Rab Vapour-rise Lite Alpine Jacket review

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Home Forums Campfire Editor’s Roundtable Rab Vapour-rise Lite Alpine Jacket review

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    Ryan Jordan


    Locale: Central Rockies

    Companion forum thread to:

    Rab Vapour-rise Lite Alpine Jacket review

    Adam Klags
    BPL Member


    Locale: Northeast USA

    Dude, I couldn't agree more with all of what was said here. I bought this jacket after originally dismissing it on weight and I'm so glad I did. It has been the best spring/fall/shoulder season jacket. I want to wear it all the Time. I wish the pockets were lower like hand warmer pockets but I guess they chose these for accessing while wearing with a harness?

    Michael Martin
    BPL Member


    Locale: North Idaho

    Hi Dave-

    Nice article! I share your search for the perfect windshirt. I have several Pertex Equilibrium pieces and have been puzzled by one aspect of the fabric for years. I've done a few experiments with it and have come up with a theory:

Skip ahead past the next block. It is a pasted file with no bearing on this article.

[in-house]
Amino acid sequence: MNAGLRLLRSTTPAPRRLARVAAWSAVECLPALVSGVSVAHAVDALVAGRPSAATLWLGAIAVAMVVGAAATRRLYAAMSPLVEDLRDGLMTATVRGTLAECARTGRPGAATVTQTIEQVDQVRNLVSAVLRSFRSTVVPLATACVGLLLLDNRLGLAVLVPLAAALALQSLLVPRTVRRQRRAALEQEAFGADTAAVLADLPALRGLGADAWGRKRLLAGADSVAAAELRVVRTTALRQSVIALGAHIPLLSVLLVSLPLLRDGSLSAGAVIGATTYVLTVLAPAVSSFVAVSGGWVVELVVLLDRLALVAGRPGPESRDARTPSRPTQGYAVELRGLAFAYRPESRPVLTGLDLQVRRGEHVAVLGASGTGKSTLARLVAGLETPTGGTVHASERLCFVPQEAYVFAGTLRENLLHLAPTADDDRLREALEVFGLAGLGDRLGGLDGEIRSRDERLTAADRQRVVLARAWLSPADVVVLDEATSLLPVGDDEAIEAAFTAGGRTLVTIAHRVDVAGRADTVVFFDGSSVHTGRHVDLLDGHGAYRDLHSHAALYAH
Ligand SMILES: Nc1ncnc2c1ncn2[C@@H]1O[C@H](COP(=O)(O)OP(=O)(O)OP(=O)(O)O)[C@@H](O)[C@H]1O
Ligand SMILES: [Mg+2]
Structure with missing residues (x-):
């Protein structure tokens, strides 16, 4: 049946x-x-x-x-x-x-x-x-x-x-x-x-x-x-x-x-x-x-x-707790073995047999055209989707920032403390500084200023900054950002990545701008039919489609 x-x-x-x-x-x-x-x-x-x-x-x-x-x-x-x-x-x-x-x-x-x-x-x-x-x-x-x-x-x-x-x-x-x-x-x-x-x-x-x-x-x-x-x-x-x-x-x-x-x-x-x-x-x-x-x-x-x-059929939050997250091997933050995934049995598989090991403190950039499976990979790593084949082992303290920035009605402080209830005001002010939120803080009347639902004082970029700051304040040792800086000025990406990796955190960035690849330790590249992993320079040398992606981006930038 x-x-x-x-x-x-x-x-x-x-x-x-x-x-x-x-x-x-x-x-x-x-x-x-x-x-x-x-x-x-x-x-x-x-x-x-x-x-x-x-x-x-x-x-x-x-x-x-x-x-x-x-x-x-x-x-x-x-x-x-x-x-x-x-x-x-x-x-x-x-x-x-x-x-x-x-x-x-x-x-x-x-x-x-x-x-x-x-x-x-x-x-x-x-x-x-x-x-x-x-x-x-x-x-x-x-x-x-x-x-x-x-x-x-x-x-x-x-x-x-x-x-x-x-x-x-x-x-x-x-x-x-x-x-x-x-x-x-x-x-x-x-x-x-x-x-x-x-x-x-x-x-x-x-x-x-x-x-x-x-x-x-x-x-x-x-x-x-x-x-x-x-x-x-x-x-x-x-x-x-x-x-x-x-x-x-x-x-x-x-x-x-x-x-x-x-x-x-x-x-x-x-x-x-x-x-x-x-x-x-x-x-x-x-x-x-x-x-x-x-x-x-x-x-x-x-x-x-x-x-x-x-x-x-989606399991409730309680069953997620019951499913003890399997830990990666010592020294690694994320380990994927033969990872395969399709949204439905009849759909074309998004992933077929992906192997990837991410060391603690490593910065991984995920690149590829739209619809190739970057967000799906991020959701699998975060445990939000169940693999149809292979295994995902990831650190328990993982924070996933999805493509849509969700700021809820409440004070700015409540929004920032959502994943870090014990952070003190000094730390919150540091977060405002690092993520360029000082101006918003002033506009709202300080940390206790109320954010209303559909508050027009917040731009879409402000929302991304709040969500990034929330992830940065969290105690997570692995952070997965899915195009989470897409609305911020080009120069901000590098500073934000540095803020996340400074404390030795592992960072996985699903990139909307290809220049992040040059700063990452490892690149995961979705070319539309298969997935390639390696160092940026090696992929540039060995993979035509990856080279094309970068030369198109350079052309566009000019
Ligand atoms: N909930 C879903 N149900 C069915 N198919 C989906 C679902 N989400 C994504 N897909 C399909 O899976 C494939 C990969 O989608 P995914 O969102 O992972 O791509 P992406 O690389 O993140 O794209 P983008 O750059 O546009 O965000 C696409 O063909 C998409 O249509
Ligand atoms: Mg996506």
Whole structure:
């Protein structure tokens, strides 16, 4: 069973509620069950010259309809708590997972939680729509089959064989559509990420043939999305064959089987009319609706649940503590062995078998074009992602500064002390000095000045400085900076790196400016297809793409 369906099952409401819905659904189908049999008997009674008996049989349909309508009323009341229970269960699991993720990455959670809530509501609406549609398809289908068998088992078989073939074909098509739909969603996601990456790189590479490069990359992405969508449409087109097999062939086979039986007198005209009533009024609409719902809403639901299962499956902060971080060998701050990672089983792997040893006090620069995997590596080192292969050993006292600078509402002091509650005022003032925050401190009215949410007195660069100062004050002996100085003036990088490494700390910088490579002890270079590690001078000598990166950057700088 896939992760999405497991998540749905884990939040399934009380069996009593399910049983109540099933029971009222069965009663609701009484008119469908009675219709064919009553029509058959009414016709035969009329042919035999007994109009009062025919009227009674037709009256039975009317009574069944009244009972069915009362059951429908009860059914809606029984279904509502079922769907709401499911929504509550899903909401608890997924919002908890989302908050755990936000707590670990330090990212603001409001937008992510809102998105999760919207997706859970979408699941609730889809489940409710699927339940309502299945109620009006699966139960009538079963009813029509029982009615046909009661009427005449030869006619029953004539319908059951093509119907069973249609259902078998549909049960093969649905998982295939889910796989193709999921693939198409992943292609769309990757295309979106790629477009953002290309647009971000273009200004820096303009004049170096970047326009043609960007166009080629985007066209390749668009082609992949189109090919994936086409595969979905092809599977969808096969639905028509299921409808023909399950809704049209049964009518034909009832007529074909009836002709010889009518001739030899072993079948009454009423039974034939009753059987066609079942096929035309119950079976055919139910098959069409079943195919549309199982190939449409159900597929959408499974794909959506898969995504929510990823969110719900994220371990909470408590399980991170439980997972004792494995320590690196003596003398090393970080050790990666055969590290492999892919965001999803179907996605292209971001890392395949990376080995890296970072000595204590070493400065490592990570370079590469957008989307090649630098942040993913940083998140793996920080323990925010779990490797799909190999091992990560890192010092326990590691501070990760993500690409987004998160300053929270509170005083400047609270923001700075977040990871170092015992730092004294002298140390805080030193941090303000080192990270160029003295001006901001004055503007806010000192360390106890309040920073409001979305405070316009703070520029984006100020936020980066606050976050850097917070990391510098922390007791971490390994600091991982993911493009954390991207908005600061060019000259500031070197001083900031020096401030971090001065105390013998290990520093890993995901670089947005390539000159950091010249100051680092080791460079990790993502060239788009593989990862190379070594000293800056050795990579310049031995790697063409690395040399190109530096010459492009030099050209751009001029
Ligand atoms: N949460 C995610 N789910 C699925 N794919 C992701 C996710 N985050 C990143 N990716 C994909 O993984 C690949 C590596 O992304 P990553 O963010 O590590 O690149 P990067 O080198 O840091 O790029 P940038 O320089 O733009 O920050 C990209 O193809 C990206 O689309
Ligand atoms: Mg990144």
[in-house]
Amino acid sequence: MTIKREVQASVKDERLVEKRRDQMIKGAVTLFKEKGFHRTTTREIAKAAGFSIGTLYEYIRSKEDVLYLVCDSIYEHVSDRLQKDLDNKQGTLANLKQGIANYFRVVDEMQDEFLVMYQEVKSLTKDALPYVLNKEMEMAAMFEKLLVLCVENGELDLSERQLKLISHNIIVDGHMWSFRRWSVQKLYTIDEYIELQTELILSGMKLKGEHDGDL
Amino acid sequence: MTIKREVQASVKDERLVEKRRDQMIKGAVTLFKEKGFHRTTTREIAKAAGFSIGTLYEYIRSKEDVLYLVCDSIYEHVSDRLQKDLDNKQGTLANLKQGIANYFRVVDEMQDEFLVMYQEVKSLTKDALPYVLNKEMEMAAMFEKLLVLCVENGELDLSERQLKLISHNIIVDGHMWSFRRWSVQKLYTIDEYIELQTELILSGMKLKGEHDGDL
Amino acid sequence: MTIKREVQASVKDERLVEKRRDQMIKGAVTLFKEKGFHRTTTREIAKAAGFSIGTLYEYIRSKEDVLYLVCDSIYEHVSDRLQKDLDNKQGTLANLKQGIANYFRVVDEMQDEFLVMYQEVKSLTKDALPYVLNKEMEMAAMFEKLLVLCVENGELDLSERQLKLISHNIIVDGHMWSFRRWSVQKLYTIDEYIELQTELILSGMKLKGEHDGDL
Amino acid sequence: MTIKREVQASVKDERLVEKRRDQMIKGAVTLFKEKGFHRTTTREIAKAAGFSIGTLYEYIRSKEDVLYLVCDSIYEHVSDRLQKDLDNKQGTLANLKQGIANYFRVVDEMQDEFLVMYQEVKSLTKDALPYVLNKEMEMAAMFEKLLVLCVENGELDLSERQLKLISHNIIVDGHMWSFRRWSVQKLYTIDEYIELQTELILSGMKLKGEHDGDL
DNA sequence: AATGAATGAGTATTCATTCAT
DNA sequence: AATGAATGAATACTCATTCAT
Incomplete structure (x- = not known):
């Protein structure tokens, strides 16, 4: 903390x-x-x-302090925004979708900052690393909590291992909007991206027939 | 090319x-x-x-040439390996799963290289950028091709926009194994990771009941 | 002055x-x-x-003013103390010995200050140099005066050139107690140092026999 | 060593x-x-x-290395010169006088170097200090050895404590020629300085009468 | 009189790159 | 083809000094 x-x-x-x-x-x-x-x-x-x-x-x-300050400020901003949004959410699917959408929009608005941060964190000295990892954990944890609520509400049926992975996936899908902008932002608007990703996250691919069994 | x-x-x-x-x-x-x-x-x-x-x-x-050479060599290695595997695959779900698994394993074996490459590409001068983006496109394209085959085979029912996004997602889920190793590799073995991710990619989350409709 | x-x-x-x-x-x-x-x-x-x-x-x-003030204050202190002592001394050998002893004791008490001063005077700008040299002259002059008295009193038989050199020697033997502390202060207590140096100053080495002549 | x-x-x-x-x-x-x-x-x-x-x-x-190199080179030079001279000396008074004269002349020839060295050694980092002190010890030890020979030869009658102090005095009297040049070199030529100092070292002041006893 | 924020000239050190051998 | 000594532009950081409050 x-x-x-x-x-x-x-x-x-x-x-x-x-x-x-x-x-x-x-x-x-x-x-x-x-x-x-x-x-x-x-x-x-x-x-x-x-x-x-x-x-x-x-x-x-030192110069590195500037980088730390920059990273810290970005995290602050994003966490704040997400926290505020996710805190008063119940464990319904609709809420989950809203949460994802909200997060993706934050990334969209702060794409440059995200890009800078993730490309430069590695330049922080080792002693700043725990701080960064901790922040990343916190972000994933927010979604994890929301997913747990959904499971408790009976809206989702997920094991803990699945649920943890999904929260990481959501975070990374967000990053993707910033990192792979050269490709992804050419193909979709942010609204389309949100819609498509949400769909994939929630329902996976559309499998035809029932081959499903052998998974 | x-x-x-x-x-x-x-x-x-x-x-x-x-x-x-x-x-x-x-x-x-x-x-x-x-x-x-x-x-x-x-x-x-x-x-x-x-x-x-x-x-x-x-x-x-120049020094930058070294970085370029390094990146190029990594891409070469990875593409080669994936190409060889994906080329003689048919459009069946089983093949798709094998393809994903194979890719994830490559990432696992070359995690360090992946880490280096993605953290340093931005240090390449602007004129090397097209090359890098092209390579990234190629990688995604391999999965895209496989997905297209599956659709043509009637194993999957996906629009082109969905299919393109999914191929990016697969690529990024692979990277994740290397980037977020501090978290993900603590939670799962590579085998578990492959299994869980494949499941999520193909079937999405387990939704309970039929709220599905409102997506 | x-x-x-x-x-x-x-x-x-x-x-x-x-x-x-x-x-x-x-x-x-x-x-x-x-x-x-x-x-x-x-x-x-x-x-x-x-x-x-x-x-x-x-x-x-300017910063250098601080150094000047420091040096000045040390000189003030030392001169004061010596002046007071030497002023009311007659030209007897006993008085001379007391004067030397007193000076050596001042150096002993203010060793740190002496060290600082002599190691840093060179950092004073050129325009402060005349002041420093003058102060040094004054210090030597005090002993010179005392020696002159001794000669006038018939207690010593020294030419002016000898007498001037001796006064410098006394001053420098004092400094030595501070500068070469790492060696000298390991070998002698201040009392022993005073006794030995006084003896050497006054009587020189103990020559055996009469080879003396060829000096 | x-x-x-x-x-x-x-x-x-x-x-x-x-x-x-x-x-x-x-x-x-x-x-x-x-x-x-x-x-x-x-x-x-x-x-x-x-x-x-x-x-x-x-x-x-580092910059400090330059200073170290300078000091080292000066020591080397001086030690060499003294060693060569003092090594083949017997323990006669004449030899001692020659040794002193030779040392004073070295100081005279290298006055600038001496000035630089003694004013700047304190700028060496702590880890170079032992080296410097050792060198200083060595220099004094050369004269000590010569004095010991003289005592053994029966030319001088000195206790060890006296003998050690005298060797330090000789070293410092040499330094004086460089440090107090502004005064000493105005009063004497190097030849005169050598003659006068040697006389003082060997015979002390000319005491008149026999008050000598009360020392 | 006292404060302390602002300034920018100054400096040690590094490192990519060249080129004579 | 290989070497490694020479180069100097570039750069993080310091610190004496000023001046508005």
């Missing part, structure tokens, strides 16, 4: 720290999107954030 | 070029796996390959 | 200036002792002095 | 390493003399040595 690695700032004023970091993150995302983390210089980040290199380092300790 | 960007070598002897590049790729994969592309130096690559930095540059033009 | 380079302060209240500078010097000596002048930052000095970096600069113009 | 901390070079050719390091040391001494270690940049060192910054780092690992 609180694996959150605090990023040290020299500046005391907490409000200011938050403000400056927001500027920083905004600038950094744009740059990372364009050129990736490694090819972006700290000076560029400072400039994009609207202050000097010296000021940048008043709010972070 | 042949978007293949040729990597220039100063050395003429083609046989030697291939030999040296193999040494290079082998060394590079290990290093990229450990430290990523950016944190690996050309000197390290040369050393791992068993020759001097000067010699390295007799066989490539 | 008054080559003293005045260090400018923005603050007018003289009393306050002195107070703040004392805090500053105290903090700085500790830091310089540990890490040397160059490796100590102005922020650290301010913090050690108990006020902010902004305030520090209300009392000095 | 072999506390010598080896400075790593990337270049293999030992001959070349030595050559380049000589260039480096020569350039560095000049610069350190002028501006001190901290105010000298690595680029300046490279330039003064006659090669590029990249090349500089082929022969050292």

A denier gradient (thicker fibers in the interior/thinner fibers on the exterior) works to drive moisture outwards when the fabric is hydrophilic. Moisture is drawn by capillary rise to the smaller voids near the outer surface.

    But when a DWR is applied to the fabric, it becomes hydrophobic and is subject to capillary depression instead. So, moisture is drawn towards the larger voids of the *inner* surface.

    In other words, a DWR ends up fighting the denier gradient. I suspect that the excellent breathability of DWR-treated Equilibrium is due entirely to its high air permeability and not its denier gradient. I've intentionally washed out the DWR on my Rab Alpine Pull-On to see how it affects moisture transport and it appears to increase it even more (at the expense of precipitation protection, of course.)

    I'd be very interested to hear your or others' comments on this subject.



    Chris Townsend
    BPL Member


    Locale: Cairngorms National Park

    Michael, I think you're right. I've also found the Pull-On moves moisture better after the DWR has been washed out. I've also found this with other windshirts that aren't as breathable as I'd like when new. Once the DWR has faded breathability improves. I don't replace the DWR on windshirts as breathability is more important to me than water resistance. If it rains I have a rain jacket.

    Richard Nisley
    BPL Member


    Locale: San Francisco Bay Area